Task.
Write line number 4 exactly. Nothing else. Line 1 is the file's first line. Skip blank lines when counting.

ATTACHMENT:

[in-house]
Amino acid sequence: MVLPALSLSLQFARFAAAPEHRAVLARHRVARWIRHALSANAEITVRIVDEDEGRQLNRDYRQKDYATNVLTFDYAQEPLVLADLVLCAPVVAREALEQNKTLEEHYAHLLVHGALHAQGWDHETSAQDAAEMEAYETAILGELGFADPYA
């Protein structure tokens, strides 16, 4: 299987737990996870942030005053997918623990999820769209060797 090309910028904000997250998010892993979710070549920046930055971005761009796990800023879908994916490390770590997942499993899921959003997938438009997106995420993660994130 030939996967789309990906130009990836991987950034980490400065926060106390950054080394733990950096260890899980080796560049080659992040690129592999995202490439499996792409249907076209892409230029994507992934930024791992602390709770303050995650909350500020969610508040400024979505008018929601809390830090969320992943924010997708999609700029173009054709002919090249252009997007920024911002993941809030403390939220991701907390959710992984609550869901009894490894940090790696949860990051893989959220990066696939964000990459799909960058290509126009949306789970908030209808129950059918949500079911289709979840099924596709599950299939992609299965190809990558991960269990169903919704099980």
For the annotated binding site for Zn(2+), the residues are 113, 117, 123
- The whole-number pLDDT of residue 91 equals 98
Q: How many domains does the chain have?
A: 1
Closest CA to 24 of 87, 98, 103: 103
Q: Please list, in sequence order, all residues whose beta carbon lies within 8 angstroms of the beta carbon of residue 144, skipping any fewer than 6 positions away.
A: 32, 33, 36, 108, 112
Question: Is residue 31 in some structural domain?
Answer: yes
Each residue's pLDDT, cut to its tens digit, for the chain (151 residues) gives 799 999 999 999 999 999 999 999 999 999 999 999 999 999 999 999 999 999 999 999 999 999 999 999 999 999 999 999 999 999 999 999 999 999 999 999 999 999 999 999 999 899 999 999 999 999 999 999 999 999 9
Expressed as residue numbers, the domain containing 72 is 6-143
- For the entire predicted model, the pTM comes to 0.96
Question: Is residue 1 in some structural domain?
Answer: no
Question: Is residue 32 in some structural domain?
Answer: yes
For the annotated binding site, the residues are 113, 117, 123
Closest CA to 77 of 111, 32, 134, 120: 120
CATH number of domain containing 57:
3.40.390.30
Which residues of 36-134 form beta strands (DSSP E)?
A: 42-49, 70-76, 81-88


For the annotated binding site for Zn(2+), the residues are 113, 117, 123